Regexp::NamedCaptures - Saves capture results to your own variables


Version 0.04


 use Regexp::NamedCaptures;
 my ( $name, $title, $first, $last );
 /(?<\$name>(?<\$title>Mr\.|Ms\.) (?<\$first>\w+) (?<\$last>\w+))/;
 # is the same as
 my ( $name, $title, $first, $last )
     = /((Mr\.|Ms\.) (\w+) (\w+))/;

 # use re 'eval' when interpolating
 use Regexp::NamedCaptures;
 use re 'eval';


This highly experimental module implements named captures for perl-5.008. Perl-5.10+ has built-in named captures and you should not attempt to use this module.

When your regular expression captures something, you can have it automatically copied out to the right location. This is an improvement over normal perl because now you don't have to deal with positional captures. When your expression is complex and there are multiple or nested captures it really helps to not have to track what number you're supposed to find your data in.


I have borrowed the syntax from .Net. I'm told that each of the following forms are equivalent so I've treated them identically.

 (?< name >pattern)
 (?' name 'pattern)

name should be a a piece of valid perl code. In a normal, interpolating regular expression, you would write (?<\$something...) if you wanted to have the result copied to the $something variable. That is, perl will interpolate your variables just like it always does.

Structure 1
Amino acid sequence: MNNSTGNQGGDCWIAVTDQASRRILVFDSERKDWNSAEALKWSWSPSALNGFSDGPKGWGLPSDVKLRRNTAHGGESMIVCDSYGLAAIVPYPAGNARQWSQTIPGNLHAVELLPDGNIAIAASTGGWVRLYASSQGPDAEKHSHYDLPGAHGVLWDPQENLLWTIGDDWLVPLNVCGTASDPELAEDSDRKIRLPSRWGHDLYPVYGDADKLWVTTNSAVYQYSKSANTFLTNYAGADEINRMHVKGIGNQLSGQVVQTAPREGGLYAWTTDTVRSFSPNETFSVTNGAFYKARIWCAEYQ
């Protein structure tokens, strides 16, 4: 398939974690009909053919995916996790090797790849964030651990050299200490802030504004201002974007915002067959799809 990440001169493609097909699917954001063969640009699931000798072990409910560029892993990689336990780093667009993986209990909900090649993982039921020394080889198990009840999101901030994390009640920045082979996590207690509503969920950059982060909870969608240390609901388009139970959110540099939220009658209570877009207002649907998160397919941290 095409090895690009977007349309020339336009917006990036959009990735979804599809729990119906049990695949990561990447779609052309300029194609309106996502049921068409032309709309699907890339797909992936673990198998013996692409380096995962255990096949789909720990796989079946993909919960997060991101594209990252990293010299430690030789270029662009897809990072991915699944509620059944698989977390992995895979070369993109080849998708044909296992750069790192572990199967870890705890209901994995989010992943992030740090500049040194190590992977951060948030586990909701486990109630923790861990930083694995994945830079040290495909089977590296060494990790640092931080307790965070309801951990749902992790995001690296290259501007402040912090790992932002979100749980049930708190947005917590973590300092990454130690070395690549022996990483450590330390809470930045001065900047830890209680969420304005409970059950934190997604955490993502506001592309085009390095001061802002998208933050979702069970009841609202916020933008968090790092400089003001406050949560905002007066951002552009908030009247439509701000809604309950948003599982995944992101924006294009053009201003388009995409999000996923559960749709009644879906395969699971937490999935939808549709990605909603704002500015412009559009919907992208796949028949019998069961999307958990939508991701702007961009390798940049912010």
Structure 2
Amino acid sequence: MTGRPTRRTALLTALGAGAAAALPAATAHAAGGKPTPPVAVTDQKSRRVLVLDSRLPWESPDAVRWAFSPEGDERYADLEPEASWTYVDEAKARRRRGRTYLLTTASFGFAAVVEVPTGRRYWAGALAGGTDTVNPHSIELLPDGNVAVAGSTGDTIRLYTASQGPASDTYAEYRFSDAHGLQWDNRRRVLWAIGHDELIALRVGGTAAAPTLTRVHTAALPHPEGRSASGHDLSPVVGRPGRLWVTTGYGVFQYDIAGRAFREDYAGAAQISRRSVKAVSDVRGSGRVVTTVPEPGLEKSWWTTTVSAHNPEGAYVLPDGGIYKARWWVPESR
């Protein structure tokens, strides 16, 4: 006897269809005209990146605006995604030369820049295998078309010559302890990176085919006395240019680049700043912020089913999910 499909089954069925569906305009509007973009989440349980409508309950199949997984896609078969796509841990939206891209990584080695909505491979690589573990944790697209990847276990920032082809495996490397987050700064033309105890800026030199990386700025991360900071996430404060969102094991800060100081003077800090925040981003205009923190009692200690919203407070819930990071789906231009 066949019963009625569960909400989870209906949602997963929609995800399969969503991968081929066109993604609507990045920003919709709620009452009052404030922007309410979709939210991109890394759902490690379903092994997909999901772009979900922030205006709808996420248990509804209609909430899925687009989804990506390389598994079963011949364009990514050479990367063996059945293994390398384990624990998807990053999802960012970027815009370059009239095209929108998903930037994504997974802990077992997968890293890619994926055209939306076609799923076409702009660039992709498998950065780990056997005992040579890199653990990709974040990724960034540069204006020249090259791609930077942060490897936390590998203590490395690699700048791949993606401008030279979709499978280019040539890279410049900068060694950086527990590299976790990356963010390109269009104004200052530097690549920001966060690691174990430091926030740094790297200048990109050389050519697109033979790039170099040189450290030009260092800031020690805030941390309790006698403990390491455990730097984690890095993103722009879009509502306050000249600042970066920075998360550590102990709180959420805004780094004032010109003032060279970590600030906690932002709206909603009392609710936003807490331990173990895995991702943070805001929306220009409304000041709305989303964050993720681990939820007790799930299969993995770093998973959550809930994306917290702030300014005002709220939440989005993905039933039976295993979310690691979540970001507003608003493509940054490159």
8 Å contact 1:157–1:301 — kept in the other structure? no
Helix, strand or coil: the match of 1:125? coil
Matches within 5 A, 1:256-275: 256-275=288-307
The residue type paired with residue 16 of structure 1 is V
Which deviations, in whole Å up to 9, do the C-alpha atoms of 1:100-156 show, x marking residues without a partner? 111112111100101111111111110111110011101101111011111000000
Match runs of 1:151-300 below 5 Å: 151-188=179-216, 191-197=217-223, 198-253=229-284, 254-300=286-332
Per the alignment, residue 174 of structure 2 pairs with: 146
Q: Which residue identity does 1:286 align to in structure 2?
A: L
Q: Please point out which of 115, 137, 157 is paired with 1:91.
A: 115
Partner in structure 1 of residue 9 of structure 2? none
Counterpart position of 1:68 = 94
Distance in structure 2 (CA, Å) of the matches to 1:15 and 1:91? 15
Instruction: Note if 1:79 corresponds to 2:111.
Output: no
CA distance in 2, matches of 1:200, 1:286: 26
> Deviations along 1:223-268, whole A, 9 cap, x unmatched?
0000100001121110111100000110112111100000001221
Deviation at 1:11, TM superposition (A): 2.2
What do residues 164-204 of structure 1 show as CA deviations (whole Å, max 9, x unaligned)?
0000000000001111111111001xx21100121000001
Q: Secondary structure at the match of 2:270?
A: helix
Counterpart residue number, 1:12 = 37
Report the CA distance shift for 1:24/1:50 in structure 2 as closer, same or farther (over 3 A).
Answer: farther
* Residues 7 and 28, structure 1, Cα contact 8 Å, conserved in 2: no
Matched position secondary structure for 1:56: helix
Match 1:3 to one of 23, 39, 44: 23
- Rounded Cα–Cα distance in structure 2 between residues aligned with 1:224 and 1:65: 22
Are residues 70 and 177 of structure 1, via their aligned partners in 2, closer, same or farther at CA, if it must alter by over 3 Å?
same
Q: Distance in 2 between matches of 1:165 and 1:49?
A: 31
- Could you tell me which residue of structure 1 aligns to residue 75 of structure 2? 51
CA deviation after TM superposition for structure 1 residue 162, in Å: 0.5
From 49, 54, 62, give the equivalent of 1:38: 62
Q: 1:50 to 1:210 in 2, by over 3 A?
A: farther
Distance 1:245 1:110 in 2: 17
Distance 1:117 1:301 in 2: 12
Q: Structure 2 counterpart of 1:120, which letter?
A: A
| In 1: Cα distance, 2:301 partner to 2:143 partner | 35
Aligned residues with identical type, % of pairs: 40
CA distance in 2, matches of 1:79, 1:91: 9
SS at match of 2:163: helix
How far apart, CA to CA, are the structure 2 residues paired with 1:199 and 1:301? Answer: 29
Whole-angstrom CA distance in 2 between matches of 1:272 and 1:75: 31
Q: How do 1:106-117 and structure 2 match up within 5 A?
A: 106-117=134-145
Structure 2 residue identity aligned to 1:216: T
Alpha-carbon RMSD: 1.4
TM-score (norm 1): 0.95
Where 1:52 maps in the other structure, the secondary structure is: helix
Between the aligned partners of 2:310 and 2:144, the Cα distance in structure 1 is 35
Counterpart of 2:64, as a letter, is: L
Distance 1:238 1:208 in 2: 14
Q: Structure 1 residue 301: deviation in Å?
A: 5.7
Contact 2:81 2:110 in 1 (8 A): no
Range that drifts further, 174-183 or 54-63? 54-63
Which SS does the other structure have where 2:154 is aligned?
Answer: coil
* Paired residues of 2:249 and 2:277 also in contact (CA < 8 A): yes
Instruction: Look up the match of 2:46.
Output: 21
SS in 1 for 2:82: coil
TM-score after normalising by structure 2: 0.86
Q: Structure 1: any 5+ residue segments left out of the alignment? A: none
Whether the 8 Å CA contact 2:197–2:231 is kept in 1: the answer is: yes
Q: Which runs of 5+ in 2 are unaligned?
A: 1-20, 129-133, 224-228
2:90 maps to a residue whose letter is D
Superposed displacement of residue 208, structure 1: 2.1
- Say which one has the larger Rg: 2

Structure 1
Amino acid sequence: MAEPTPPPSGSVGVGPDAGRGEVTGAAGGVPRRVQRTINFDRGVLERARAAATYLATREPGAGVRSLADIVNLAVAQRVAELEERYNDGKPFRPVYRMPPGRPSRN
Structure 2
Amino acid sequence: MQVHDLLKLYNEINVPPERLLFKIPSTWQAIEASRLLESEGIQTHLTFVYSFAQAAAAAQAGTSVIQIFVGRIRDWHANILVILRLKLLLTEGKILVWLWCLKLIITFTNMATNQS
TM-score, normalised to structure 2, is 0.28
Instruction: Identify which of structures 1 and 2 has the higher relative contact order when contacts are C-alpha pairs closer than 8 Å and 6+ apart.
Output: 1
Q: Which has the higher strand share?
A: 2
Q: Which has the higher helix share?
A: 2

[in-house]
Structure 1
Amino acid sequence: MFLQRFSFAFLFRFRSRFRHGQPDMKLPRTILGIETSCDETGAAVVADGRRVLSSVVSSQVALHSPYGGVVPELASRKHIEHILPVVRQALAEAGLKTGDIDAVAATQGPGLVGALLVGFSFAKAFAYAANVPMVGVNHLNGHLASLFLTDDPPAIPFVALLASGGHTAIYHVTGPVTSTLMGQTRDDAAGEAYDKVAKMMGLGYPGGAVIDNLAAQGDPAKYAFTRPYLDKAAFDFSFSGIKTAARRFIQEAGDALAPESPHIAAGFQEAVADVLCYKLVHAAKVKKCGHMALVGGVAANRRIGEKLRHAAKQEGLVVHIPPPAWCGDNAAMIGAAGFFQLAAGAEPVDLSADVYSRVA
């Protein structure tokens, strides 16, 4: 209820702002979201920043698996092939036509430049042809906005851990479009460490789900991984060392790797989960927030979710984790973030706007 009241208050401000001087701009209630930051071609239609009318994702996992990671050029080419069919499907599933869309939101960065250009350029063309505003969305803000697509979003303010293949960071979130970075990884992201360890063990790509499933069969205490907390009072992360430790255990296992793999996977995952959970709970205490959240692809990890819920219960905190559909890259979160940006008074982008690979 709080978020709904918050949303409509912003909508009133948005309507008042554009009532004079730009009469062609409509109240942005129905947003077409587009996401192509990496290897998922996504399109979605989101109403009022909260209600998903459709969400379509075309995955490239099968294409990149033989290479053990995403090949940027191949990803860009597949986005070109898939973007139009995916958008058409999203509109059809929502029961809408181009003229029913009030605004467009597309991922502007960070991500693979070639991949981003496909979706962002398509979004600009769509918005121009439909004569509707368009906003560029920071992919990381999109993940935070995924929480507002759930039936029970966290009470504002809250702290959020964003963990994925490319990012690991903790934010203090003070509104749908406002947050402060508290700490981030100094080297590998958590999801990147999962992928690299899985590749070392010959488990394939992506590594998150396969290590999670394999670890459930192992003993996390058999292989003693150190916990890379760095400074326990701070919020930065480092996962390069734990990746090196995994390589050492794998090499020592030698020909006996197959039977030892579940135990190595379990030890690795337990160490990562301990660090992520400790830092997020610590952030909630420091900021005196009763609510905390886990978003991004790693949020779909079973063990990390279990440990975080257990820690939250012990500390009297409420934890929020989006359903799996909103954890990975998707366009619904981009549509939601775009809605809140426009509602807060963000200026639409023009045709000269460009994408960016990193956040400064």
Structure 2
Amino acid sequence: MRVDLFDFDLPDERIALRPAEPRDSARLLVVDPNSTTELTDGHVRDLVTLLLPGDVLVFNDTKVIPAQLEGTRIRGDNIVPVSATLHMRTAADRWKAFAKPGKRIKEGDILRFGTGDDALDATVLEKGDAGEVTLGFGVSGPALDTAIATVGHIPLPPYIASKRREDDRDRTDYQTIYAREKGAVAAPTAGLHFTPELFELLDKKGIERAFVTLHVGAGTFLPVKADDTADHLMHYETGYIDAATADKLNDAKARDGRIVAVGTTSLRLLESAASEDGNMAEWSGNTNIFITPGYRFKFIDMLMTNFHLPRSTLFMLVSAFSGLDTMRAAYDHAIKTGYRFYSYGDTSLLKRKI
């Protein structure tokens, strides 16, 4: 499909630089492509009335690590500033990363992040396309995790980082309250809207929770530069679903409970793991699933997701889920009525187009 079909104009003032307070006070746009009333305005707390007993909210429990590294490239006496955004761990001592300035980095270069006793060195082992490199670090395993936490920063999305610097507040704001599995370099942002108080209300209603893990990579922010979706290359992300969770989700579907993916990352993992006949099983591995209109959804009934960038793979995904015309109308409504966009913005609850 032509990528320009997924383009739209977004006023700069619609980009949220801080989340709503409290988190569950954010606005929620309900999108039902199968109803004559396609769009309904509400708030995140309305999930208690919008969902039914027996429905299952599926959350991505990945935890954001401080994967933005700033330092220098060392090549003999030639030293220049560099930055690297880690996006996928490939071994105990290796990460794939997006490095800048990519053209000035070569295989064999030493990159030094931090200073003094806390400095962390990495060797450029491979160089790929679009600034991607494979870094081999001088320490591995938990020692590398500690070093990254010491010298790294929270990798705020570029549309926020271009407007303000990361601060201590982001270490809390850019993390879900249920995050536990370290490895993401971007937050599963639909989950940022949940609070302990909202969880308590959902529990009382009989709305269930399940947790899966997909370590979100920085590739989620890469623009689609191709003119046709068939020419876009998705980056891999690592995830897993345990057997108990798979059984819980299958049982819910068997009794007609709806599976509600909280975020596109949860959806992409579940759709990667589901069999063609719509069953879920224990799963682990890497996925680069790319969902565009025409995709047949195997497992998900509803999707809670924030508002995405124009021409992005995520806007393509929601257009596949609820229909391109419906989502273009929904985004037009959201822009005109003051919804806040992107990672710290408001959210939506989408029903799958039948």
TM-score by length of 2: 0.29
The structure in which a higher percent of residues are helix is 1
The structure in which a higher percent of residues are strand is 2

The value of name may be arbitrary perl code. It must be a valid lvalue.

pattern is a normal pattern.

The entire expression is rewritten as:

 (pattern)(?{ name = $^N })


$rewritten_regexp = convert( $original_regexp )

This function does all the work of converting a regular expression containing named capture expressions into an expression that can be used by perl. You only need this if you're going to be creating regular expressions at runtime.

 use re 'eval';
 $re = Regexp::NamedCapture::convert '(?<$var>...)'
 $re = qr/$re/

 use re 'eval';
 $re = Regexp::NamedCapture::convert "(?'\$var'...)";

use re 'eval' AND SECURITY

This module functions by inserting (?{ code }) blocks into your expression. As a security feature, perl does not allow new (?{ ... }) blocks to be compiled once BEGIN-time has passed unless the programmer specifically lifts that restriction by including the use re 'eval' pragma.

If you trust all of the expressions that you're interpolating, you can use this safely. If you are accepting regular expressions from sources you might not trust, you should not use use re 'eval'.

If you still want to use this module, see if you can push your regular expression compilation earlier.

Consider these two examples:

 use re 'eval';
 $rx = qr/(?<\$name>$expr)/;

     $rx = qr/(?<\$name>$expr)/;

The first one requires the use re 'eval' pragma because the interpolation and compilation occurs at runtime. The second does not because it interpolated and compiled the pattern at BEGIN-time. It suffers the obvious drawback that you must have the value for $expr at BEGIN-time instead of runtime.


"Joshua ben Jore" <>


\Q escapes are completed ignored. If you try to use one to prevent something that looks like a named capture from being parsed as one, it won't work.

Please report any bugs or feature requests to, or through the web interface at I will be notified, and then you'll automatically be notified of progress on your bug as I make changes.


Jeffrey Friedl's book Mastering Regular Expressions for the original inspiration. perlre for making it possible. for giving me a reason to create this. Tanktalus, Ctrl-z, and others of


Copyright 2005 Joshua ben Jore, all rights reserved.

This program is free software; you can redistribute it and/or modify it under the same terms as Perl itself.